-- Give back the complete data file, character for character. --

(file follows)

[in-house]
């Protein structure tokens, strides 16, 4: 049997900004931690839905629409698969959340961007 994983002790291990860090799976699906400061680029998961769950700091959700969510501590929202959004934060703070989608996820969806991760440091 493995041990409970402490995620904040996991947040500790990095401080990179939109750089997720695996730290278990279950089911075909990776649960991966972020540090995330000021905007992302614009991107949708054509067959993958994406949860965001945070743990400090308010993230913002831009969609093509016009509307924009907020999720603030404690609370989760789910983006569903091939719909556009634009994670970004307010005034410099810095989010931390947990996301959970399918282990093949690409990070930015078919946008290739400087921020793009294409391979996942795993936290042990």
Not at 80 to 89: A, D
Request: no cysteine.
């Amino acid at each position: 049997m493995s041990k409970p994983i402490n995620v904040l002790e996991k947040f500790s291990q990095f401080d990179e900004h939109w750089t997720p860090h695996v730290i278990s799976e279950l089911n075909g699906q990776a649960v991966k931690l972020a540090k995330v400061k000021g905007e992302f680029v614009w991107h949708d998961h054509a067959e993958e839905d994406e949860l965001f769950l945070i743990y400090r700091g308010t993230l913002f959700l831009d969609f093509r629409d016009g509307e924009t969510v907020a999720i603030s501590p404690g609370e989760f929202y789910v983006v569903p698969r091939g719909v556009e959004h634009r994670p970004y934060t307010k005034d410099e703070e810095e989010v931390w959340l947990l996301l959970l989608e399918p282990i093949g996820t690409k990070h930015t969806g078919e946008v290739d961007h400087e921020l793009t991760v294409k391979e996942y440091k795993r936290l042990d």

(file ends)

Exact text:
[in-house]
């Protein structure tokens, strides 16, 4: 049997900004931690839905629409698969959340961007 994983002790291990860090799976699906400061680029998961769950700091959700969510501590929202959004934060703070989608996820969806991760440091 493995041990409970402490995620904040996991947040500790990095401080990179939109750089997720695996730290278990279950089911075909990776649960991966972020540090995330000021905007992302614009991107949708054509067959993958994406949860965001945070743990400090308010993230913002831009969609093509016009509307924009907020999720603030404690609370989760789910983006569903091939719909556009634009994670970004307010005034410099810095989010931390947990996301959970399918282990093949690409990070930015078919946008290739400087921020793009294409391979996942795993936290042990």
Not at 80 to 89: A, D
Request: no cysteine.
């Amino acid at each position: 049997m493995s041990k409970p994983i402490n995620v904040l002790e996991k947040f500790s291990q990095f401080d990179e900004h939109w750089t997720p860090h695996v730290i278990s799976e279950l089911n075909g699906q990776a649960v991966k931690l972020a540090k995330v400061k000021g905007e992302f680029v614009w991107h949708d998961h054509a067959e993958e839905d994406e949860l965001f769950l945070i743990y400090r700091g308010t993230l913002f959700l831009d969609f093509r629409d016009g509307e924009t969510v907020a999720i603030s501590p404690g609370e989760f929202y789910v983006v569903p698969r091939g719909v556009e959004h634009r994670p970004y934060t307010k005034d410099e703070e810095e989010v931390w959340l947990l996301l959970l989608e399918p282990i093949g996820t690409k990070h930015t969806g078919e946008v290739d961007h400087e921020l793009t991760v294409k391979e996942y440091k795993r936290l042990d």